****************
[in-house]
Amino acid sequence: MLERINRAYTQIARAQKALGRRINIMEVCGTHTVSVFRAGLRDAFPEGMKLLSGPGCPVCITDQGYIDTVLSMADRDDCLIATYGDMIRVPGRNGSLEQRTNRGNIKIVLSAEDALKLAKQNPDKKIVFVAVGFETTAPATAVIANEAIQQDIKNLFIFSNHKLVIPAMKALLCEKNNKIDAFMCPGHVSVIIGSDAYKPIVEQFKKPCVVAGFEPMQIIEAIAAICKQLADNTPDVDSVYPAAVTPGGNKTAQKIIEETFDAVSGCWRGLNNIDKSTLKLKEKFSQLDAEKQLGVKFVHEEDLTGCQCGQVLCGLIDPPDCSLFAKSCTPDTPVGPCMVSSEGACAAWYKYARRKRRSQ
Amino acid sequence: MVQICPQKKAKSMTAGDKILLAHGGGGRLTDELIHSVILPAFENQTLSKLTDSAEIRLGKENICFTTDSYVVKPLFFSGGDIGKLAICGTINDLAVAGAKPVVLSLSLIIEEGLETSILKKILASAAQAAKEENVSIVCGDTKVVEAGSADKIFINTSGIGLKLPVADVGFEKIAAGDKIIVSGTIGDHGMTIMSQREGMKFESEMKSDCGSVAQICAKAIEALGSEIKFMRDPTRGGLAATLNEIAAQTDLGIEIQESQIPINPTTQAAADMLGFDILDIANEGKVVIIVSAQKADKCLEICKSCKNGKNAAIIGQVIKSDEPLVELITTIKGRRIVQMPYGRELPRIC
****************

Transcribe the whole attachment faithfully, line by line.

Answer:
[in-house]
Amino acid sequence: MLERINRAYTQIARAQKALGRRINIMEVCGTHTVSVFRAGLRDAFPEGMKLLSGPGCPVCITDQGYIDTVLSMADRDDCLIATYGDMIRVPGRNGSLEQRTNRGNIKIVLSAEDALKLAKQNPDKKIVFVAVGFETTAPATAVIANEAIQQDIKNLFIFSNHKLVIPAMKALLCEKNNKIDAFMCPGHVSVIIGSDAYKPIVEQFKKPCVVAGFEPMQIIEAIAAICKQLADNTPDVDSVYPAAVTPGGNKTAQKIIEETFDAVSGCWRGLNNIDKSTLKLKEKFSQLDAEKQLGVKFVHEEDLTGCQCGQVLCGLIDPPDCSLFAKSCTPDTPVGPCMVSSEGACAAWYKYARRKRRSQ
Amino acid sequence: MVQICPQKKAKSMTAGDKILLAHGGGGRLTDELIHSVILPAFENQTLSKLTDSAEIRLGKENICFTTDSYVVKPLFFSGGDIGKLAICGTINDLAVAGAKPVVLSLSLIIEEGLETSILKKILASAAQAAKEENVSIVCGDTKVVEAGSADKIFINTSGIGLKLPVADVGFEKIAAGDKIIVSGTIGDHGMTIMSQREGMKFESEMKSDCGSVAQICAKAIEALGSEIKFMRDPTRGGLAATLNEIAAQTDLGIEIQESQIPINPTTQAAADMLGFDILDIANEGKVVIIVSAQKADKCLEICKSCKNGKNAAIIGQVIKSDEPLVELITTIKGRRIVQMPYGRELPRIC